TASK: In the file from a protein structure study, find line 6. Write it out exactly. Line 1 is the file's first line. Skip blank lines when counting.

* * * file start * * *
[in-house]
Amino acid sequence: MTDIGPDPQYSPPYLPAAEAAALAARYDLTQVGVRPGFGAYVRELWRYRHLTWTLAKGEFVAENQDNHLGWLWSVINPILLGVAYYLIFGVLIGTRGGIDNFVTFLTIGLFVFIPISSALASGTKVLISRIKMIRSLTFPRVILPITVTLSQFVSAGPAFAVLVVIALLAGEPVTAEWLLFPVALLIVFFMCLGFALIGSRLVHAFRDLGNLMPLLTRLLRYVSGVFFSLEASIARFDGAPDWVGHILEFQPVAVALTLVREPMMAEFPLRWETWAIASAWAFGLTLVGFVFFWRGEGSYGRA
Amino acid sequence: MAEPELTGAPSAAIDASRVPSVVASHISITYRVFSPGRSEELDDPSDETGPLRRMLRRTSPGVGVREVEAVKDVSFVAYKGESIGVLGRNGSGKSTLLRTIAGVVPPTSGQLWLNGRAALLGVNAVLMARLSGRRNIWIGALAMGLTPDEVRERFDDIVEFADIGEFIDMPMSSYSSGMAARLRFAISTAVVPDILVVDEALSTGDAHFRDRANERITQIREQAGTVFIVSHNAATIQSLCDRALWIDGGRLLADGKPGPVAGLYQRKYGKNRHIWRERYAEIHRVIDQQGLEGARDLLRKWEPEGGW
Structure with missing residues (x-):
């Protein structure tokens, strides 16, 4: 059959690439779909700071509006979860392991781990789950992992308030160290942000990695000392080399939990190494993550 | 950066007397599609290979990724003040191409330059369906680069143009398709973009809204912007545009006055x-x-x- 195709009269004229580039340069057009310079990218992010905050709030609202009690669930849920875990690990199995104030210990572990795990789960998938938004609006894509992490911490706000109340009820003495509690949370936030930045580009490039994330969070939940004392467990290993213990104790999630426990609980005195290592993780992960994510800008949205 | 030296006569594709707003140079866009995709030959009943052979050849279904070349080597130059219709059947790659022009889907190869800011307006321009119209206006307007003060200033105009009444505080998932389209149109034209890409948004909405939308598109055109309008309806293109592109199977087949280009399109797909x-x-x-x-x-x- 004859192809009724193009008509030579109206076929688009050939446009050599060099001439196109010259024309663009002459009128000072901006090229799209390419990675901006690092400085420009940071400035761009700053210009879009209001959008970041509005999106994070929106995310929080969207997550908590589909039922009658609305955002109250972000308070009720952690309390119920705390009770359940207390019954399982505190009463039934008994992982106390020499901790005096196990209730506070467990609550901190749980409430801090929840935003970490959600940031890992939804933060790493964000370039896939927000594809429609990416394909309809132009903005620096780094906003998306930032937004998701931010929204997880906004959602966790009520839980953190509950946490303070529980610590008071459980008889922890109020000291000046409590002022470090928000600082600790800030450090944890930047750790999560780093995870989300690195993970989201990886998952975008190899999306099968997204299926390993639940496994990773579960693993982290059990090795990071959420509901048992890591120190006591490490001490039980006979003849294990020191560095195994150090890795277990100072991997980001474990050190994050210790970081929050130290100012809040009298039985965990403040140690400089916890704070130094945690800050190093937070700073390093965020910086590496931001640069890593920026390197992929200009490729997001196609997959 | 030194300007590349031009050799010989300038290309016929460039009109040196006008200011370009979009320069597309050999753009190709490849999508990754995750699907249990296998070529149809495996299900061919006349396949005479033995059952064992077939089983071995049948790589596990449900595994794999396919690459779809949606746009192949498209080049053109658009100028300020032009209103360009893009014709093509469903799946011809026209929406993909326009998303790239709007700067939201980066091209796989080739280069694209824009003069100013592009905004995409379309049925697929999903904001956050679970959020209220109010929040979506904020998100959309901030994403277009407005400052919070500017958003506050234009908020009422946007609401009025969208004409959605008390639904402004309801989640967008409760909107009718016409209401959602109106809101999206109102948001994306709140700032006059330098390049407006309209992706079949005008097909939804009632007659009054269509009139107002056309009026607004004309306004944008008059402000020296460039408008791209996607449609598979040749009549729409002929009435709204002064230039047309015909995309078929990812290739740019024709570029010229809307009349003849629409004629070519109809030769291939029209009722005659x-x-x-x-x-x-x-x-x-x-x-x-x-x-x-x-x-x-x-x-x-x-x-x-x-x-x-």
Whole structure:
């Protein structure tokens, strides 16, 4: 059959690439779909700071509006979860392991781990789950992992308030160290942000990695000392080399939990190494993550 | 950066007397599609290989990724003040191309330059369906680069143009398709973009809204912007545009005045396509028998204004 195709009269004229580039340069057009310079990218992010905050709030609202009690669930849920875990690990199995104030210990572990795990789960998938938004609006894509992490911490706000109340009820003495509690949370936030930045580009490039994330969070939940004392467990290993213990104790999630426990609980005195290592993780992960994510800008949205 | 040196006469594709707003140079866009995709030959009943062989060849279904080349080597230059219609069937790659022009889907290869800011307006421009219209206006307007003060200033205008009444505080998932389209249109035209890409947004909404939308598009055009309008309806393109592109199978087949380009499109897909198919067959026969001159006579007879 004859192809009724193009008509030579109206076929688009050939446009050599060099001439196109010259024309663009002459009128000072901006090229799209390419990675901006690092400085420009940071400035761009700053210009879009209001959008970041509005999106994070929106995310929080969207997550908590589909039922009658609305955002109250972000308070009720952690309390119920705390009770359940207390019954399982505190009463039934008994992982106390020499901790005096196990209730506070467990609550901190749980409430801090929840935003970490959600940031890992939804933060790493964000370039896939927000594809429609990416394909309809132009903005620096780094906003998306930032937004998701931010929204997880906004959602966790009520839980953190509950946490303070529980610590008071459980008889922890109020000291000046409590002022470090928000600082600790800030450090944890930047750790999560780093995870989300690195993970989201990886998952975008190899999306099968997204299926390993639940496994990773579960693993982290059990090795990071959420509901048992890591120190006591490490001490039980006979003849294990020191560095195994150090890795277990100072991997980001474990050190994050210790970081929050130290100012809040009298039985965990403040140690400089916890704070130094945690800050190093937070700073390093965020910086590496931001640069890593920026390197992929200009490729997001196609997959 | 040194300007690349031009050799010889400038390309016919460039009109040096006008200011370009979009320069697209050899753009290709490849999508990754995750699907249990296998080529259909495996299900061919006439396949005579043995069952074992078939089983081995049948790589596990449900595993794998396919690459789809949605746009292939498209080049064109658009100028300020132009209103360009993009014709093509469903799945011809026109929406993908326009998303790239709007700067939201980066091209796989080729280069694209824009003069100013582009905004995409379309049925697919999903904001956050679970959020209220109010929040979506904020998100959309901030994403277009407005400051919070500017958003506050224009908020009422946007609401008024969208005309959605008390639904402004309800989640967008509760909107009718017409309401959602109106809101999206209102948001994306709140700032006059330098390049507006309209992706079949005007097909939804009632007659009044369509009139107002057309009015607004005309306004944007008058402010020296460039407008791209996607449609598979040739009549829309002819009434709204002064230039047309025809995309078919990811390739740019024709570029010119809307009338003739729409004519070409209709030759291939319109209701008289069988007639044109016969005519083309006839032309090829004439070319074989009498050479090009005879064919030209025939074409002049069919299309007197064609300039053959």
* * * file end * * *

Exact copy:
Whole structure: